Stronger Borders, But Weaker Morals: What Happens to Asylum Seekers at the End of the Road
November 26, 2018
On the westernmost portion of the U.S.-Mexico border, the taunting iron fence stretches from mountain to sand to sea – disappearing after a few hundred yards into the ocean. The water that chops around is the same, splashing both U.S. and Mexican soil. The most radical thing that struck me about being at the border was that birds could fly so easily over it, which seemed so normal – but the U.S. government, simultaneously, so heavily regulated the movement of people on land.
That was five years ago when I went to the border. Now, instead of birds, there are capsules of tear gas hurled over the border: the only thing in the air now is intense fear.
I’ve had the opportunity to visit the U.S.-Mexico border twice: first in the summer of 2013 during a college campus ministry conference in San Diego bordering Tijuana; and again in the winter of 2016 leading a service-immersion trip to El Paso, a city thoroughly integrated with its neighbor Ciudad Juárez in Mexico.
I never crossed over to Mexico in either of these encounters, but exchanged words, held hands, and prayed with people mere feet away from me, the only thing separating us an immense wall of steel and millions of dollars built up to create a militarized border. I stood on the U.S. side; a recently deported family stood less than three feet away in Mexico. We breathed the same air. We each huddled from the same chill.
That was three years ago; had I met that family at the border there now, they and their three kids would be running away from the fence to avoid tear gas and rubber bullets.
Last week the Trump administration put out a statement authorizing the use of lethal force against families and individuals from Central American countries who trekked thousands of miles to enter our country, with the possibility of closing “the whole border.”
The news of tear gas attacks on thousands of people coming to the United States to flee violence – and being met with more violence – hits me to my core.
Lethal force? For people seeking safety, fearing they’d die in their home country – and facing the possibility of death instead of new life?
I’ve eaten and laughed and cried with people whose life stories and trials are likely near-identical to the droves of asylum seekers searching for welcome in our country. What kind of country are we creating when we say we are a nation of immigrants, then turn away the most vulnerable?
The images and videos I’ve seen are of women, children, families – people who should not be faced with the immensity of physical punishment that the U.S. is inflicting upon them for fleeing violence in their own countries. It is unconscionable that the Trump administration has come so far as to demonize infant children and their mothers, and anyone seeking asylum, so much so as to accept their injury, trauma, and potential death as merely a necessary consequence of our political debate and national security.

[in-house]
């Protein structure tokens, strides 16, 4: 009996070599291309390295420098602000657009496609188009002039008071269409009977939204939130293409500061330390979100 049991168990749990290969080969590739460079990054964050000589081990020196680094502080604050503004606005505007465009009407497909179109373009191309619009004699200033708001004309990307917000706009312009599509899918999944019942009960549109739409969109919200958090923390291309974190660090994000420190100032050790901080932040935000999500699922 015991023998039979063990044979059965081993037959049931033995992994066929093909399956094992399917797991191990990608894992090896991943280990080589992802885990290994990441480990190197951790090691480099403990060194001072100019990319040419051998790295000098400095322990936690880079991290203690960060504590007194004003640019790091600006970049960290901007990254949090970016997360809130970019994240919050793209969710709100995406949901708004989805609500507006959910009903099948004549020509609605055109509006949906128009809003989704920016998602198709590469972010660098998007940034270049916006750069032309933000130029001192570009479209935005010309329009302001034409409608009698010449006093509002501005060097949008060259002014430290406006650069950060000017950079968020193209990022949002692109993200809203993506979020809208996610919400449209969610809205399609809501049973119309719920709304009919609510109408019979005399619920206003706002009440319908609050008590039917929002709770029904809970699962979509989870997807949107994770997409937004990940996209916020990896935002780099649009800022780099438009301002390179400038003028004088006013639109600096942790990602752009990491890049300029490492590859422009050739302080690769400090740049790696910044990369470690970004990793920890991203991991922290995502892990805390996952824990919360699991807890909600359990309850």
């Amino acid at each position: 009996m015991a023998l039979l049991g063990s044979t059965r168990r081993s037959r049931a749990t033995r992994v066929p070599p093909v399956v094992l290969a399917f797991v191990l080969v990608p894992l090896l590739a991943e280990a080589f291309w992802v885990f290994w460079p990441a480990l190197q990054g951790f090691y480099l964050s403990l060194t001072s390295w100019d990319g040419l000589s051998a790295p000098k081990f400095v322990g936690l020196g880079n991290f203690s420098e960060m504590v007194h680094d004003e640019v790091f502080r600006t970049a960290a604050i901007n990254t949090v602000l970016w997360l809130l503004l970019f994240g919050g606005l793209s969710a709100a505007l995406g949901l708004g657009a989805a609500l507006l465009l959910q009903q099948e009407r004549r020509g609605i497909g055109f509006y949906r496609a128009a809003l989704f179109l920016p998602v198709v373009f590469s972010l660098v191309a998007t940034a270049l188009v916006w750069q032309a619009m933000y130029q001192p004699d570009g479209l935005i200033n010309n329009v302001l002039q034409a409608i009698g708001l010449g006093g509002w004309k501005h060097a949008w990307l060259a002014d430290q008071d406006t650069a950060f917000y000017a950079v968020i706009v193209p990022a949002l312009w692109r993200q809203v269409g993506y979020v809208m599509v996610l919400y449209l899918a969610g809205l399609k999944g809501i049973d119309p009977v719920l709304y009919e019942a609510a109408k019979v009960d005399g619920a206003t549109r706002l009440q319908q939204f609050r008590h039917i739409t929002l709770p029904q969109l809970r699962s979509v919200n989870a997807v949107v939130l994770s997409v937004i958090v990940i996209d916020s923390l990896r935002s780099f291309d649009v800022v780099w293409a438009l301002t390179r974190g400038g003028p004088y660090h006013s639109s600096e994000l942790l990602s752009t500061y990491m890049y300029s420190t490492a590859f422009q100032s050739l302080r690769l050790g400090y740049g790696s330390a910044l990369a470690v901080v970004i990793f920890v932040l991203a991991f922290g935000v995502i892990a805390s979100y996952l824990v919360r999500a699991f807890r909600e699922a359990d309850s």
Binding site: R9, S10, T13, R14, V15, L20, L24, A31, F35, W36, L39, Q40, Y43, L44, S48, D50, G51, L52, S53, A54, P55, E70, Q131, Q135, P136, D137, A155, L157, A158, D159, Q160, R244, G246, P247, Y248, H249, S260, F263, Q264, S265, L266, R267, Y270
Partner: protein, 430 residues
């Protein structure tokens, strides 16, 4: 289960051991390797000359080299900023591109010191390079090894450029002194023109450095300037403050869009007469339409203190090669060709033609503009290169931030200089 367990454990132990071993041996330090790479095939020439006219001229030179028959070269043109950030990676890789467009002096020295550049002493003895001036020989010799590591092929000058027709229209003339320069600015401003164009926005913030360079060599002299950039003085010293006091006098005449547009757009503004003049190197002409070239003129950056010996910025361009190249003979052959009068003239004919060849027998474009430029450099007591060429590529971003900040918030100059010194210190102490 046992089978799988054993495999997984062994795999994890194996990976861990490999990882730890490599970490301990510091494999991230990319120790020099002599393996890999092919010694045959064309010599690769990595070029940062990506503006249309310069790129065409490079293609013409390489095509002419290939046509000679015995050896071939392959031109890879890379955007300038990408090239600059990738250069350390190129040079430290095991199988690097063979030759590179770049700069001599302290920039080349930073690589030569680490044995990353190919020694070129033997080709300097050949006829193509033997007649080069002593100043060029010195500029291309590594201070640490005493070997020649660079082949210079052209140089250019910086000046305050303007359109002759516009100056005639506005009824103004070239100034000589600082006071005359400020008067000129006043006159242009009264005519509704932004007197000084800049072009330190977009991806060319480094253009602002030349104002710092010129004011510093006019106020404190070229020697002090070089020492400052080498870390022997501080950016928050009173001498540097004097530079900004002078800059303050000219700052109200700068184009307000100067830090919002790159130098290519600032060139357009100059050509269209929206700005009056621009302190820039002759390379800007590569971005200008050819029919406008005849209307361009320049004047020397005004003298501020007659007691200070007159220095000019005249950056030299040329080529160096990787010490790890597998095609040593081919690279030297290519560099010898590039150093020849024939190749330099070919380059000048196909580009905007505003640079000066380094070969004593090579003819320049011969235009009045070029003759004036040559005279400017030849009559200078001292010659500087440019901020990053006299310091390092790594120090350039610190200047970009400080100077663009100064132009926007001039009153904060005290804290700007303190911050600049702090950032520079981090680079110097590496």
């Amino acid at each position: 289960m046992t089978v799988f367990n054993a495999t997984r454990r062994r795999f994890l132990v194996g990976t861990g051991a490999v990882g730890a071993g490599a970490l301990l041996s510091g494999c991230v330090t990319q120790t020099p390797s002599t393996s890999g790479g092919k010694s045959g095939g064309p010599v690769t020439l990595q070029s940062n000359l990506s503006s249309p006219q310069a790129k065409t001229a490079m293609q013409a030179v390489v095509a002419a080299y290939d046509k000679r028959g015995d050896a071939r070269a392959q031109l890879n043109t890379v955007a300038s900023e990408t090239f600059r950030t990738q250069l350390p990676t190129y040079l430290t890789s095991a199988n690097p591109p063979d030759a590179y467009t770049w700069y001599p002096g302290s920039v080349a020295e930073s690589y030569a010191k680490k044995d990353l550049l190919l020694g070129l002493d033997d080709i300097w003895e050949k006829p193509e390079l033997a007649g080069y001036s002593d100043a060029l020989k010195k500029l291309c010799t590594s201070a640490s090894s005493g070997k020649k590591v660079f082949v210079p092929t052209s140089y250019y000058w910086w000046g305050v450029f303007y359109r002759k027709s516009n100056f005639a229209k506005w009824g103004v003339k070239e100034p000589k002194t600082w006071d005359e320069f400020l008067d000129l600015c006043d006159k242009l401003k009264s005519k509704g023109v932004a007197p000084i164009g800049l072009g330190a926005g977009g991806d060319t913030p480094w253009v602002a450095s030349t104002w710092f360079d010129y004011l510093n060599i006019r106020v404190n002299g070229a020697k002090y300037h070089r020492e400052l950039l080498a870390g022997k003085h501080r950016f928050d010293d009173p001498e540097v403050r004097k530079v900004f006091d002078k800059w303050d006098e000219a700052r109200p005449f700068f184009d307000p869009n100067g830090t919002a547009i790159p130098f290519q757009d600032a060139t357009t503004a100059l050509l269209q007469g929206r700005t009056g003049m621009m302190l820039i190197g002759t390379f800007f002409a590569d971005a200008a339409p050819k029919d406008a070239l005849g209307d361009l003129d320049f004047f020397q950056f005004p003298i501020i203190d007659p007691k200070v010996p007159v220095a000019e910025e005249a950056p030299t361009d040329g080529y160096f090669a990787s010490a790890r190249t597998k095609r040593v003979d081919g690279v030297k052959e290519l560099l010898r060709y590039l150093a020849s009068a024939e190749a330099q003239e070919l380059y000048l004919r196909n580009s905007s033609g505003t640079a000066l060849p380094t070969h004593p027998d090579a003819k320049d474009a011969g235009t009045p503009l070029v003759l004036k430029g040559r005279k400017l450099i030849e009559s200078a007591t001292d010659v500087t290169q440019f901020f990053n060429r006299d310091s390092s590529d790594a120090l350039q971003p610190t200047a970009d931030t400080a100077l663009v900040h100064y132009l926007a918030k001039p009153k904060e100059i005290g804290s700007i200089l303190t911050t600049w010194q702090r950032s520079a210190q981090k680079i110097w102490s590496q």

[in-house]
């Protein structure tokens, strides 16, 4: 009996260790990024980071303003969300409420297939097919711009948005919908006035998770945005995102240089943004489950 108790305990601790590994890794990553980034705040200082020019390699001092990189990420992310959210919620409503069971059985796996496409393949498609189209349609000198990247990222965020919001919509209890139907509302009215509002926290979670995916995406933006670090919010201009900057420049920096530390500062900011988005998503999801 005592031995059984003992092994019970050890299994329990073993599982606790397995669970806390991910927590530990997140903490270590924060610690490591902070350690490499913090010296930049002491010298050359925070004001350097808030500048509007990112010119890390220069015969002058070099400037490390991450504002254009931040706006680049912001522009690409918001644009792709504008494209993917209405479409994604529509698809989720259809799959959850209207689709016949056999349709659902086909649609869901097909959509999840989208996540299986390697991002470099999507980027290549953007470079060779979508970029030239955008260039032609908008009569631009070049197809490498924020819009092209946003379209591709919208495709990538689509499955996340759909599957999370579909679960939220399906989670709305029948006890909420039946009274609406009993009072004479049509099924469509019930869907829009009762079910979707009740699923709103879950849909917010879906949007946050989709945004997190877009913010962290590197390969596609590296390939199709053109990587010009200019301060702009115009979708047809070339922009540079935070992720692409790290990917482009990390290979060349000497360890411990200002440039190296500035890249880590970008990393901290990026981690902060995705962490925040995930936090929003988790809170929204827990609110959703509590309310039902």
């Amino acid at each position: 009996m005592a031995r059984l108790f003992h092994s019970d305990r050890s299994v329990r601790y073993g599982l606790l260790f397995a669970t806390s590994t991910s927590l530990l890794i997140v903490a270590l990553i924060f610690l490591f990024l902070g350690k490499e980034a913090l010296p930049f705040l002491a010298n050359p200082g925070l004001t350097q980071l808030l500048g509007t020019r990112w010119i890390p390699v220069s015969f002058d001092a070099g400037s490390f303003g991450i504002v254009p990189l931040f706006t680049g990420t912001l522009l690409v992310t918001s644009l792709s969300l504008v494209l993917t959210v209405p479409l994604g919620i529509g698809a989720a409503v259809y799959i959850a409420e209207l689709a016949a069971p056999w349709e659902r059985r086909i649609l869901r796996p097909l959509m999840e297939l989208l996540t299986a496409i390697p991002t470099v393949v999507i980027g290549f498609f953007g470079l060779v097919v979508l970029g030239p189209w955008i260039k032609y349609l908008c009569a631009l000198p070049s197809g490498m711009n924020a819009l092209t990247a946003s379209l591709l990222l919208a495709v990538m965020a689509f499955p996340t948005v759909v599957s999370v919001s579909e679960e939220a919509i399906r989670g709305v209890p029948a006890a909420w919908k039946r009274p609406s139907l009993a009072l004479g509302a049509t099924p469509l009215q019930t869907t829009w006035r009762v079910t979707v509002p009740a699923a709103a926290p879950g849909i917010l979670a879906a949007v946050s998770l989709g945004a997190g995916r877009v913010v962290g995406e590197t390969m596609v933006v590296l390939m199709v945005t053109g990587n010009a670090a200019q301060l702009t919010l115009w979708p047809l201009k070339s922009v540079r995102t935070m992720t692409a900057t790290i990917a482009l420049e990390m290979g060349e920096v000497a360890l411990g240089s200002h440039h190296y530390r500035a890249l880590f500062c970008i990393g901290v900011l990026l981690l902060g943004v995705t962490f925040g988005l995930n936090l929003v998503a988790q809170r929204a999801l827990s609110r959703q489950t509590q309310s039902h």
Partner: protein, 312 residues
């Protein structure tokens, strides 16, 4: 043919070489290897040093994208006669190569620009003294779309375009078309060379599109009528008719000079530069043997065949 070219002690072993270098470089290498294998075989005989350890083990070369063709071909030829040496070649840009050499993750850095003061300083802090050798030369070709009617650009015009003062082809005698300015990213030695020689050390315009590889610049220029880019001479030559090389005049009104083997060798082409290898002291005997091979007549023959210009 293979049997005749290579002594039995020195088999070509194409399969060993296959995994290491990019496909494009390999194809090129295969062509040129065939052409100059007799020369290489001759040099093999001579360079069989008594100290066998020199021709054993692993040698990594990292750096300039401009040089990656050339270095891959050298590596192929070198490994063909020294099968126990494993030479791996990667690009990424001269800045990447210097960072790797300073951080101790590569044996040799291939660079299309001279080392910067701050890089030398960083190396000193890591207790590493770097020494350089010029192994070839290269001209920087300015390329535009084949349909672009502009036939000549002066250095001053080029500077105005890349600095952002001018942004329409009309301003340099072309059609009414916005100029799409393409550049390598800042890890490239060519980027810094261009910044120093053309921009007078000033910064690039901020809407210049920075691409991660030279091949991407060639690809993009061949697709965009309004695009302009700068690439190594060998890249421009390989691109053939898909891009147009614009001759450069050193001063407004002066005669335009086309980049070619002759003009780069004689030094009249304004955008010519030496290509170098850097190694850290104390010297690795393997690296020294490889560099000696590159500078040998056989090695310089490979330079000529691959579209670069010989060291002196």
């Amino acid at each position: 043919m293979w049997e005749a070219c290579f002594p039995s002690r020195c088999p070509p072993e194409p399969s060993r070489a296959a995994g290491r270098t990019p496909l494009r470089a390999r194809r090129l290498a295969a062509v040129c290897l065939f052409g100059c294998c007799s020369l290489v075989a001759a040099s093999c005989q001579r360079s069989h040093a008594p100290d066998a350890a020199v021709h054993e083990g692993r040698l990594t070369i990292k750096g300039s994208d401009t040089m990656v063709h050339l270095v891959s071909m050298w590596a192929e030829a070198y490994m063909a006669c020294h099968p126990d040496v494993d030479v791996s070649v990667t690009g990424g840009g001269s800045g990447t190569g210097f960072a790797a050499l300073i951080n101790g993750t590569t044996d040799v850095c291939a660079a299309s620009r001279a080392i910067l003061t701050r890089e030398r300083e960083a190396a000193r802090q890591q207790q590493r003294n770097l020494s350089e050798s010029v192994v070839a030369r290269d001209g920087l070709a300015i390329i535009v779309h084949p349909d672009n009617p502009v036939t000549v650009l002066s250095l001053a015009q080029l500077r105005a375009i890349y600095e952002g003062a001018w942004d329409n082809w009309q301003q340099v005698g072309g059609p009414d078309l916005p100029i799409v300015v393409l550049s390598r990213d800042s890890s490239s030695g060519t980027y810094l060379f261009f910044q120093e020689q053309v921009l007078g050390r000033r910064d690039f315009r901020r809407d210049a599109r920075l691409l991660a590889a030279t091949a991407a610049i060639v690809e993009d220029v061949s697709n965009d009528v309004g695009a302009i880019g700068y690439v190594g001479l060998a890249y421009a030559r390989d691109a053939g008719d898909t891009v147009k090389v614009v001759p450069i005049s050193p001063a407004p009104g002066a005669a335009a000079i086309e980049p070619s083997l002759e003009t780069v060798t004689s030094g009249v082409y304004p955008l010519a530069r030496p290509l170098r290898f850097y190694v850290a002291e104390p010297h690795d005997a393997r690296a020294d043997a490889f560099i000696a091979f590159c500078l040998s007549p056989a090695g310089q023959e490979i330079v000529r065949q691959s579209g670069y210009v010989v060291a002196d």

Firing tear gas on children and families who are here seeking asylum is both legally and morally wrong.
The actions of the U.S. government in turning people away and further militarizing our borders are a result of systematic racism, and do not reflect the core of our foundational communal values. The immigration system in our country has long been broken, but the recent attacks against immigrants and refugees under this administration have attempted to fundamentally reshape our system with the aim of closing our border to all but wealthy, white immigrants.
The structures of our country were never set up to benefit the most marginalized, but we don’t have to accept policies that perpetuate these evils. Instead, we can change them.
Children shouldn’t choke on tear gas. Parents shouldn’t have to make pilgrimages hundreds of miles on foot to seek a better life for their families. People in neighboring countries shouldn’t have to face a life-threatening decision: stay and die, or go and live.
Yet our administration sees these migrants from Central America as criminals for the very fact that they are pleading to us for help. We are failing to live up to our own laws and international human rights obligations to offer asylum to those who qualify. We are willing to let innocent people die before we open our borders.
It isn’t right – none of it is right.
We must continue to pressure the Trump administration against the harmful consequences they are inflicting upon our sisters and brothers who deserve protection, not condemnation.